Prajapati is identified with Vishnu and Vayu, with Agni Soma, and Heaven and Earth. He is said to create Agni, Indra, and Soma and Rudra. Surya is his son, he gives victory to Indra, and Soma belongs to him. Now we have explained that these gods represent the Centrosome ate characterised by different kinds of energy in the process of cell development; and it is with these that Prajapati is identified. He is said to create these gods or their energy, and he is that energy himself for it is the same energy that is transformed from one kind to another and so he is identified with all of them.

In pure philosophy Prajapati is spoken of as the soul, which, as has been explained, refers to the Centrosome characterised by positive super-electric energy of the Heart. Then he is called Mahat, which is Buddhi, and corresponds to the heat of the Centrosome. Then he is said to be the father and mother of the universe, and we have pointed out how the Centrosome acts as such in the evolution of the cell.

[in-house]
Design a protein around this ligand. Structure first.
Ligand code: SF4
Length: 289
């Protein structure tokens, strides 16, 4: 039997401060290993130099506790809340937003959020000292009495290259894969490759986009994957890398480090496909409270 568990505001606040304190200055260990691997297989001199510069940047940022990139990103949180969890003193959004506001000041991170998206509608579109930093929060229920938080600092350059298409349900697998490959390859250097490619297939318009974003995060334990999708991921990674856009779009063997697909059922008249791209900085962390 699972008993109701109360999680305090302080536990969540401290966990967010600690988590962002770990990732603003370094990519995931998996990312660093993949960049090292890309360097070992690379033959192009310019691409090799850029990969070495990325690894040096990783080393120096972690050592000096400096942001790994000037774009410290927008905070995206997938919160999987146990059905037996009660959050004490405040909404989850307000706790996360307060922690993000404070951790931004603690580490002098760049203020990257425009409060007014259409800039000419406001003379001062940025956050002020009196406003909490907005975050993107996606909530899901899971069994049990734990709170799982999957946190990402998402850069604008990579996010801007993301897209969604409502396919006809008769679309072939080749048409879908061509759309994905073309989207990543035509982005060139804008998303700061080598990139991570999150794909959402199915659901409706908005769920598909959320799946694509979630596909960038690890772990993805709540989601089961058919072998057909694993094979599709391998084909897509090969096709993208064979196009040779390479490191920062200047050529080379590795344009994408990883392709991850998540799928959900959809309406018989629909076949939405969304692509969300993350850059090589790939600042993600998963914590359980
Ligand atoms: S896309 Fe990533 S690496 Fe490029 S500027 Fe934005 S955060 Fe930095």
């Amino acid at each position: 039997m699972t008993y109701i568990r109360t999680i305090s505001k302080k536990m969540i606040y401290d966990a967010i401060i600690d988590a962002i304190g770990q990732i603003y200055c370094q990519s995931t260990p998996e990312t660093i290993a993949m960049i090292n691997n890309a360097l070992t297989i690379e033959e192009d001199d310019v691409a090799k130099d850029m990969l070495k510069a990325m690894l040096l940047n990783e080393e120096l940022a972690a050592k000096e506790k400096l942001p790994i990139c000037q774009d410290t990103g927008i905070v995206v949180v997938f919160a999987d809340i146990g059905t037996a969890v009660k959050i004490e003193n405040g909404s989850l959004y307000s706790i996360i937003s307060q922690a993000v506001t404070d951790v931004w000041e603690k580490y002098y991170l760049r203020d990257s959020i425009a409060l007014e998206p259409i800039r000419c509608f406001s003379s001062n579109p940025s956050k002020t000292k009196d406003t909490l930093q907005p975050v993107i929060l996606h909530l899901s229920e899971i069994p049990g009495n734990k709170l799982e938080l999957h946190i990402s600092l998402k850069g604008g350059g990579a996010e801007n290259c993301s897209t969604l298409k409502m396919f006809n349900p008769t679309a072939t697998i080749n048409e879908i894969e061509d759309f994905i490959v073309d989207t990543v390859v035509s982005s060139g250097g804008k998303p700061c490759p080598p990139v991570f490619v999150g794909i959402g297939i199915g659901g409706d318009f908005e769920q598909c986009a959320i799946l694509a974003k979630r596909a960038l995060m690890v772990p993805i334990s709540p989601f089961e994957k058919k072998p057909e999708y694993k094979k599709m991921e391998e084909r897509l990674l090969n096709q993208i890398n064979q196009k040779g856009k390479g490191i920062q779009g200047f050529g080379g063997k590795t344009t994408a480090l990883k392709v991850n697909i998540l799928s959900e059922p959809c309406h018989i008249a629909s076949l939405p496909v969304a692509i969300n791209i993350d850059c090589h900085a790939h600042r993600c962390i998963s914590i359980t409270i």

The Philosophy of Creation and Dissolution: Thus we see how the idea of God as expressed in Prajapati, Vishnu, Siva, or Brahma, or the other gods of the Hindu pantheon, corresponds to the energy of the Centrosome at different stages of its action in the cell. Even so are the ancient Hindu theories of the creation and dissolution of the universe based on the evolution and disintegration of the cell.

We are told that when Prakrti (Nature) creates through the action of Purusha (God), the universe, with all its potencies, begins to spring from it. From the Unmanifest flows Buddhi, ...Buddhi creates Mind, from Mind proceeds Ether, and from Ether the five elements, gross and subtle, and the senses of knowledge and action in this connection we have explained that Purusha corresponds to the Centrosome and Prakrti to the body of the cell; and when the former acts on the latter in the first stage of cell development, different forms of energy are produced heat, electric, and magnetic energy; and these correspond to Buddhi, Mind, and Ether with its two magnetic poles associated with the elements and the senses of knowledge and action.